The mathematician Alfred Korzybski coined the phrase “the map is not the territory” in 1931 as part of his paper outlining the relationship between mathematics and human language.
Broadly, he states that although maps are useful representations of the real world, you shouldn’t forget that they’re not reality itself. They are a necessary simplification of reality that allow us to process complexity. Another word for this is an abstraction.
Programming is full of abstractions. And I suppose the most influential map I’ve encountered in my career is Ruby on Rails.
Frameworks in general offer a level of abstraction that is useful. But Rails takes this to a further level with its fundamental principal of “Convention over Configuration” which DHH eloquently describes in The Rails Doctrine:
But beyond the productivity gains for experts, conventions also lower the barriers of entry for beginners. There are so many conventions in Rails that a beginner doesn’t even need to know about, but can just benefit from in ignorance. It’s possible to create great applications without knowing why everything is the way it is.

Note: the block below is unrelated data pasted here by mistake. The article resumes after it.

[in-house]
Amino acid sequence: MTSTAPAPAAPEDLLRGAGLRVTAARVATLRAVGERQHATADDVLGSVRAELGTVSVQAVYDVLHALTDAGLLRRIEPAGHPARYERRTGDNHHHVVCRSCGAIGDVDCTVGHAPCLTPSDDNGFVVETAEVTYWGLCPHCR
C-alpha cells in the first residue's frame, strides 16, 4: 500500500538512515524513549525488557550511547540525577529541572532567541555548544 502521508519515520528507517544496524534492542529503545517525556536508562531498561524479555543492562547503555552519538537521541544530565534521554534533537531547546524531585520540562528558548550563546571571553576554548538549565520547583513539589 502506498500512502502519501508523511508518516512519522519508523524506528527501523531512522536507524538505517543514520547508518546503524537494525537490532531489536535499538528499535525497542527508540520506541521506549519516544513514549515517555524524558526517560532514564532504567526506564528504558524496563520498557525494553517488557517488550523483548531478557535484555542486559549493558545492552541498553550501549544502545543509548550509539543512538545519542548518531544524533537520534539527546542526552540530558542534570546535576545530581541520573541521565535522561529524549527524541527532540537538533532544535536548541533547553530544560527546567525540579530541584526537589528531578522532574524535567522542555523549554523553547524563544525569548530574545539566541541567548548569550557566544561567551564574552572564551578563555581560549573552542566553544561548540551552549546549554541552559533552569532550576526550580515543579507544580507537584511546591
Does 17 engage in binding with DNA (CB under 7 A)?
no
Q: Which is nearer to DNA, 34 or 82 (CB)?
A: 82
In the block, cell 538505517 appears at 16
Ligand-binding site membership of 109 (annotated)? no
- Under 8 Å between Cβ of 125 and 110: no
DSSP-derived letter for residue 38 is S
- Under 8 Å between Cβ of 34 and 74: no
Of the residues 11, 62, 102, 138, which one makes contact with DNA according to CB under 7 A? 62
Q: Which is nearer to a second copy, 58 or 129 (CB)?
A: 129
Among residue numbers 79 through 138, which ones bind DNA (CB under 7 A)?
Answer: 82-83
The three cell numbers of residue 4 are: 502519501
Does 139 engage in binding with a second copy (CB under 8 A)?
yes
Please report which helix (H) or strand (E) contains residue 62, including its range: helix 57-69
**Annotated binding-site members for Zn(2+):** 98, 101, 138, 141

One of my biggest takeaways from working across several Rails codebases is that you’ve got to look out for situations where the map stops making sense and starts pushing you in directions that feel uncomfortable. Don’t blindly follow it. You should be open to getting out a red pen and redrawing the key.
- Do all the files in your
modelsdirectory have to be backed by an Active Record object? No.
- Because Rails generates controller tests do I have to write them? No.
- Will the world end if I create a new directory under
rails new app command is so powerful. But it’s a double-edged sword because it leaves you with the impression that these are the only options for organising your code, and in turn how those objects and systems communicate with each other.
Rails is very clear on what it explicitly wants you to do, but there’s plenty of useful things it will implicitly let you do that are good and productive.